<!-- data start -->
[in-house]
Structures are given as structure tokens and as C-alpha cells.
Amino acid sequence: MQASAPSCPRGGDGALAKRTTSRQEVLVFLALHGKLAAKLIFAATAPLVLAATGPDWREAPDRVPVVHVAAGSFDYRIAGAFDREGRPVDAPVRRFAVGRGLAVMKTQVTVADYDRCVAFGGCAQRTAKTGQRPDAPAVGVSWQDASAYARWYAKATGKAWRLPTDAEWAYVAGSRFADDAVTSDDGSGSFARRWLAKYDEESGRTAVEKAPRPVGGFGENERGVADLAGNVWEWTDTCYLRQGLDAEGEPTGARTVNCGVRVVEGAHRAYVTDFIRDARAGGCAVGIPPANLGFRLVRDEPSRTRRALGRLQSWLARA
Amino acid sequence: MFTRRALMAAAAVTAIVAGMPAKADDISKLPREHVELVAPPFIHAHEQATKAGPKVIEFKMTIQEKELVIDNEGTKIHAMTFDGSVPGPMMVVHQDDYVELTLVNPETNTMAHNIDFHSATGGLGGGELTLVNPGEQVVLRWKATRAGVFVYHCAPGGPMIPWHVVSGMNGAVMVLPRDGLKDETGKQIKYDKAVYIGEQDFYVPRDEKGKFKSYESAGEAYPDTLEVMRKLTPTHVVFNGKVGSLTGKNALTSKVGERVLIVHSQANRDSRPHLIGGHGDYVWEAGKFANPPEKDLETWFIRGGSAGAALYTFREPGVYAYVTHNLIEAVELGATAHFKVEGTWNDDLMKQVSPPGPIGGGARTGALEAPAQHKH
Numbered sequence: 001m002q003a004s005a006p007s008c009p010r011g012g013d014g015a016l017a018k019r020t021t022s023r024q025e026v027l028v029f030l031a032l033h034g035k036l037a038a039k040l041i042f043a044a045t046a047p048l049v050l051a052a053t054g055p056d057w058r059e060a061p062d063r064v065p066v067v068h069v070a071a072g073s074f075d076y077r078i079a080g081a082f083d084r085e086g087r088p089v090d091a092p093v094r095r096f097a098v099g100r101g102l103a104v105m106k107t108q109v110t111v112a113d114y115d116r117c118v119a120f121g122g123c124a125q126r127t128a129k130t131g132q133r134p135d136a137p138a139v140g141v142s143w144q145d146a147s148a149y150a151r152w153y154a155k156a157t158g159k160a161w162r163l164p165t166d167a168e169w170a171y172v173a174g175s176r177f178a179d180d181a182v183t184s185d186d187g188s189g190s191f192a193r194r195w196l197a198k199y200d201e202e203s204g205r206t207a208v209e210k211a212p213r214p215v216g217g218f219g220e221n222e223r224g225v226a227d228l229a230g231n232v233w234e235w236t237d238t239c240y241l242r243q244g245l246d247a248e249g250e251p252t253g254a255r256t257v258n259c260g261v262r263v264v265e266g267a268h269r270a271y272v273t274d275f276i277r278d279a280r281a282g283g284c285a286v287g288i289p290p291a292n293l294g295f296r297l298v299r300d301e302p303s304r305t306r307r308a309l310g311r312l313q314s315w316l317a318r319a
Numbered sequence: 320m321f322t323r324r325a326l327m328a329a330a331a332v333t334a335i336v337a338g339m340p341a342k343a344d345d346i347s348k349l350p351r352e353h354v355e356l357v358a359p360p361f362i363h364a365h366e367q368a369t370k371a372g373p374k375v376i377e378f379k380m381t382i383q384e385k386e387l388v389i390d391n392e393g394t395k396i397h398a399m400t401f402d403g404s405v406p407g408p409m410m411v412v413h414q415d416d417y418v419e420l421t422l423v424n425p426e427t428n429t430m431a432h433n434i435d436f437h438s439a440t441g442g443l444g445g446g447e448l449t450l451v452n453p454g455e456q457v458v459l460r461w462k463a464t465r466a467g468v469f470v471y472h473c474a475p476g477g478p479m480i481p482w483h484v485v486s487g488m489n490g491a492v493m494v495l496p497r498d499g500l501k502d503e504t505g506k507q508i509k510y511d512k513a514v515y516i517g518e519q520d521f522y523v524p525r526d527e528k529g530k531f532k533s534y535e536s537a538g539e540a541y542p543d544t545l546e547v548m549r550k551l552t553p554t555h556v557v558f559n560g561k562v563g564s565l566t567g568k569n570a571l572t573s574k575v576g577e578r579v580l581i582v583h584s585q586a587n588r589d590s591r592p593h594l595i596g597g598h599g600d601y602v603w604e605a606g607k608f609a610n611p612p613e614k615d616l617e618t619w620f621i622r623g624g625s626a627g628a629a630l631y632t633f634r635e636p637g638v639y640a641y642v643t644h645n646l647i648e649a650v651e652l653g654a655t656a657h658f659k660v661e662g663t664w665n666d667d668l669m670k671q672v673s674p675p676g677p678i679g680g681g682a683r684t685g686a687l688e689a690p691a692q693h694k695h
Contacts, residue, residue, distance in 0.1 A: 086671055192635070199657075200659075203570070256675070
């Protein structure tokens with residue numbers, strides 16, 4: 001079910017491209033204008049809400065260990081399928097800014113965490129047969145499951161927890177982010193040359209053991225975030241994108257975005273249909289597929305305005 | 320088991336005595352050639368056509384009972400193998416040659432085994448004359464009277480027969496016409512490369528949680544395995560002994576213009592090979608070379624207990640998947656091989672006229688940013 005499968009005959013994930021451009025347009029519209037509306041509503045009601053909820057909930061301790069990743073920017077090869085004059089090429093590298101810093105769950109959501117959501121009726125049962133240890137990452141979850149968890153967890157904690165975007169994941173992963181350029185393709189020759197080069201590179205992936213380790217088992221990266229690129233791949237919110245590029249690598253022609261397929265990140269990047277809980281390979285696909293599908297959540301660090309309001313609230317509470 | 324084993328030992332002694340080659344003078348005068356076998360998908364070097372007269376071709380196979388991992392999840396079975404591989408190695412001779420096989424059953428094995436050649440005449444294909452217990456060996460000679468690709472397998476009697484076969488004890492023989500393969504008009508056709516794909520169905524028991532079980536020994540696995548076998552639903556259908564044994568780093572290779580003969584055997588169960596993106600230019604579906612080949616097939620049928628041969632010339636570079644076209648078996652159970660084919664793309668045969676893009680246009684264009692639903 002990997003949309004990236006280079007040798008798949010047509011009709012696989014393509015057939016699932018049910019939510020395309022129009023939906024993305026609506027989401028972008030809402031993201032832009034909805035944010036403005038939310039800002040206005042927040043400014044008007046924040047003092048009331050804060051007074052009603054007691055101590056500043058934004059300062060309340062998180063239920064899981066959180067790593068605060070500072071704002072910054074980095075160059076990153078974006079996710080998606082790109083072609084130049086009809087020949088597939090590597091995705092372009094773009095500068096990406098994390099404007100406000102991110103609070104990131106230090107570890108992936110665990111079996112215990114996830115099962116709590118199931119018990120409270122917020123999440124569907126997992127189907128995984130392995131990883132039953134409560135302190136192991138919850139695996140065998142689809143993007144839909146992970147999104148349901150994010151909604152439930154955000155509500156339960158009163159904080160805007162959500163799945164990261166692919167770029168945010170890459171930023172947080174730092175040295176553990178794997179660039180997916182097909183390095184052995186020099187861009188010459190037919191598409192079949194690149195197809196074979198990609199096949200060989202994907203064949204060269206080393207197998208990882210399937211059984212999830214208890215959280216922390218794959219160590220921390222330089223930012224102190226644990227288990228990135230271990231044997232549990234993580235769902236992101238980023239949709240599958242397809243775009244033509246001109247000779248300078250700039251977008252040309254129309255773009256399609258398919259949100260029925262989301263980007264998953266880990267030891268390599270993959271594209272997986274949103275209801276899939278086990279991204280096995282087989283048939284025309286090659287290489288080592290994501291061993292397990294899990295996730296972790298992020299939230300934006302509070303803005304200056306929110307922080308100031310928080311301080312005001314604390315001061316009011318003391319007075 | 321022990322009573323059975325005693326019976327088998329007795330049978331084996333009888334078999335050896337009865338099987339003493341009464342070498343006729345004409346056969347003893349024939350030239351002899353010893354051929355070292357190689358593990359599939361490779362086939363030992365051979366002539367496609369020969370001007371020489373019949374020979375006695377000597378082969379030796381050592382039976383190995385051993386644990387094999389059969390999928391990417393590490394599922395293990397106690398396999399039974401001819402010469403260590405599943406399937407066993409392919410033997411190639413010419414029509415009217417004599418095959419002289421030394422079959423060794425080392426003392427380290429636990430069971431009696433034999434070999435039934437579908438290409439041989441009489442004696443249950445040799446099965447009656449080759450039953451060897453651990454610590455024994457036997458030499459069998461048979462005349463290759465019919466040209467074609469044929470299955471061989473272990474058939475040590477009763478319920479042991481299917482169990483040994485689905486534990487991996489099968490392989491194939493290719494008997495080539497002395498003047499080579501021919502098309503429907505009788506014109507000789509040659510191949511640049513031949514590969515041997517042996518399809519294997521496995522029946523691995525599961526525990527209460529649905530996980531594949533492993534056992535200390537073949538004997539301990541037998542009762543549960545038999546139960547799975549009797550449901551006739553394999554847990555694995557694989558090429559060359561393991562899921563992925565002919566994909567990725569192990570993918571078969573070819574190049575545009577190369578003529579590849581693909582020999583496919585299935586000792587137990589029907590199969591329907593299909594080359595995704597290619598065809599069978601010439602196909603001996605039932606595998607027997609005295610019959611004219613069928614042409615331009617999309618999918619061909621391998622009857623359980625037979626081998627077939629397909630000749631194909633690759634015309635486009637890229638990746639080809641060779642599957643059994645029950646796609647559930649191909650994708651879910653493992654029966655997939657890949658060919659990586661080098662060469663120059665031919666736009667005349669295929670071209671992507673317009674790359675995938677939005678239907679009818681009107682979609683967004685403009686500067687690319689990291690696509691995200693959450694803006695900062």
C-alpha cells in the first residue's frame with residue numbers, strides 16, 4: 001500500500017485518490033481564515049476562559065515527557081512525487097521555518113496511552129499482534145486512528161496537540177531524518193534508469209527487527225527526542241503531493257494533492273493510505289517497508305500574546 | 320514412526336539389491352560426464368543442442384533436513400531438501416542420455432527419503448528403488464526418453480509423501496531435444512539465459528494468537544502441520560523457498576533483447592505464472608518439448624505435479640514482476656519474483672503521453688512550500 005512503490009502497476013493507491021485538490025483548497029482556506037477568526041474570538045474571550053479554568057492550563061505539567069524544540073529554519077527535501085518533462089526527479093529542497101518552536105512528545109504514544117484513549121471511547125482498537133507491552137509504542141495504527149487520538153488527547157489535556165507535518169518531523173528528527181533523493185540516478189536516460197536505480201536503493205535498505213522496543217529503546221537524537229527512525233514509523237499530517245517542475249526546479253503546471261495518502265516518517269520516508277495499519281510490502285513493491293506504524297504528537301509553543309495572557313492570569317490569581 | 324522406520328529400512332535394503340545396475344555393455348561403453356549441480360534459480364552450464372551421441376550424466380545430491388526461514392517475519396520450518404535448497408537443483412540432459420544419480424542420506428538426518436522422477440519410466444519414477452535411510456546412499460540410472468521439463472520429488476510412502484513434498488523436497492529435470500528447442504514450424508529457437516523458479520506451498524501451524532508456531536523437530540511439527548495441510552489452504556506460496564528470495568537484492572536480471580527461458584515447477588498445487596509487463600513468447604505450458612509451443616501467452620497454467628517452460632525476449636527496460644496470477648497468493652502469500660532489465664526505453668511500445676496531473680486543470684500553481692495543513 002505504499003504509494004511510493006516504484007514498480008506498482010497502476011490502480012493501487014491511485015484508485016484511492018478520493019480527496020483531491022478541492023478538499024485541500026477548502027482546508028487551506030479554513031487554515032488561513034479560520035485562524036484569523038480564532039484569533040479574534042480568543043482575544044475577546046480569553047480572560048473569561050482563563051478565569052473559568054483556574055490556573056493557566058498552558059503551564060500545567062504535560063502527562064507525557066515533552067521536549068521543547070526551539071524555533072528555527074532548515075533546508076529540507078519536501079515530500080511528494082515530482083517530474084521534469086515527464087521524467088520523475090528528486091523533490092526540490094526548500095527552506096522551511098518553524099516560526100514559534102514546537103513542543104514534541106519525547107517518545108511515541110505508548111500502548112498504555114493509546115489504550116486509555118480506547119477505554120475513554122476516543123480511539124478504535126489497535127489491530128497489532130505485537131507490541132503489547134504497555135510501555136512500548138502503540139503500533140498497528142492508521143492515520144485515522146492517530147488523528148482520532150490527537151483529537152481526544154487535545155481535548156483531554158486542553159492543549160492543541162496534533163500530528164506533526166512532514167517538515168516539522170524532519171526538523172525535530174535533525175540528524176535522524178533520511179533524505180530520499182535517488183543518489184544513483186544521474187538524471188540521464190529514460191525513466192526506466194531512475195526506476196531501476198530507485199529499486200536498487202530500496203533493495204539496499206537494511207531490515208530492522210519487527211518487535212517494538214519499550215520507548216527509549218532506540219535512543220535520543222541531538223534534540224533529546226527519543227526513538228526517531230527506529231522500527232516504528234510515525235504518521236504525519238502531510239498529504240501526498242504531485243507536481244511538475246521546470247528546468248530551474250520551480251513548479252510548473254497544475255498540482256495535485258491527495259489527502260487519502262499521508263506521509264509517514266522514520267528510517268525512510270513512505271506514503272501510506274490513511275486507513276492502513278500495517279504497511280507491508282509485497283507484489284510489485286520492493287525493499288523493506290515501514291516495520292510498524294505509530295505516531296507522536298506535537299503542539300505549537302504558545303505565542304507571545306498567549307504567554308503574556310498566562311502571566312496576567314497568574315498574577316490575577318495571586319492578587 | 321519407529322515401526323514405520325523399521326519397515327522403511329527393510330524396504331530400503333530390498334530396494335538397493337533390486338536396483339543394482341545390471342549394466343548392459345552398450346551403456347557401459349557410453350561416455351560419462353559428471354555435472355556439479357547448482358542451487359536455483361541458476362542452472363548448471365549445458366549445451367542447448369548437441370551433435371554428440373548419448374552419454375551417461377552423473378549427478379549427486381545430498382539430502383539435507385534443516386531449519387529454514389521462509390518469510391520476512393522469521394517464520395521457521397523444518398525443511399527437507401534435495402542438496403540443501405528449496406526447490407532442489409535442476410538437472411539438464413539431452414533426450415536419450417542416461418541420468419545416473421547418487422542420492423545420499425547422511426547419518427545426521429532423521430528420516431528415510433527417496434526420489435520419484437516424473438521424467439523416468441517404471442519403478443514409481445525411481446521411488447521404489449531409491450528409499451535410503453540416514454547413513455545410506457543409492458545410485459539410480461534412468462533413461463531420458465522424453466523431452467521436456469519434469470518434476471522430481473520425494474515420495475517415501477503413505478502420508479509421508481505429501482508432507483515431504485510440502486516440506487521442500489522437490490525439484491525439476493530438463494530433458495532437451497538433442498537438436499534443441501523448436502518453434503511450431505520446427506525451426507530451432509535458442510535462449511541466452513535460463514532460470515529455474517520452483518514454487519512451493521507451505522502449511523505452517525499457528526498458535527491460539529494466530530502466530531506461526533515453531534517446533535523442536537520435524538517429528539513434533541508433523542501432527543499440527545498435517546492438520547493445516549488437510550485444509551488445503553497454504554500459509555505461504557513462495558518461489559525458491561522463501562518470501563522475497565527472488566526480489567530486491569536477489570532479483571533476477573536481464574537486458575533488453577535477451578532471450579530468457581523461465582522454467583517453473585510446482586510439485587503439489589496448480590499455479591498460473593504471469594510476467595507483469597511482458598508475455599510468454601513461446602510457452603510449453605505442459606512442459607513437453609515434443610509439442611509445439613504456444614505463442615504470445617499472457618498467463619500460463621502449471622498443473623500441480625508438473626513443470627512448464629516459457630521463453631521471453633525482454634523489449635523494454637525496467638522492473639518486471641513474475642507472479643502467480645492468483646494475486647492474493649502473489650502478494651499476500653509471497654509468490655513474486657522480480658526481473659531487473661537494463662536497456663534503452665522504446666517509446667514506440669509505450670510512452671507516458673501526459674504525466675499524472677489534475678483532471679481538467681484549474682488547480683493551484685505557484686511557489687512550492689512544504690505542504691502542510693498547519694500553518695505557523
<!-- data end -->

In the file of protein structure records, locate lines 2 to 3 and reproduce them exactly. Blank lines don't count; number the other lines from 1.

Structures are given as structure tokens and as C-alpha cells.
Amino acid sequence: MQASAPSCPRGGDGALAKRTTSRQEVLVFLALHGKLAAKLIFAATAPLVLAATGPDWREAPDRVPVVHVAAGSFDYRIAGAFDREGRPVDAPVRRFAVGRGLAVMKTQVTVADYDRCVAFGGCAQRTAKTGQRPDAPAVGVSWQDASAYARWYAKATGKAWRLPTDAEWAYVAGSRFADDAVTSDDGSGSFARRWLAKYDEESGRTAVEKAPRPVGGFGENERGVADLAGNVWEWTDTCYLRQGLDAEGEPTGARTVNCGVRVVEGAHRAYVTDFIRDARAGGCAVGIPPANLGFRLVRDEPSRTRRALGRLQSWLARA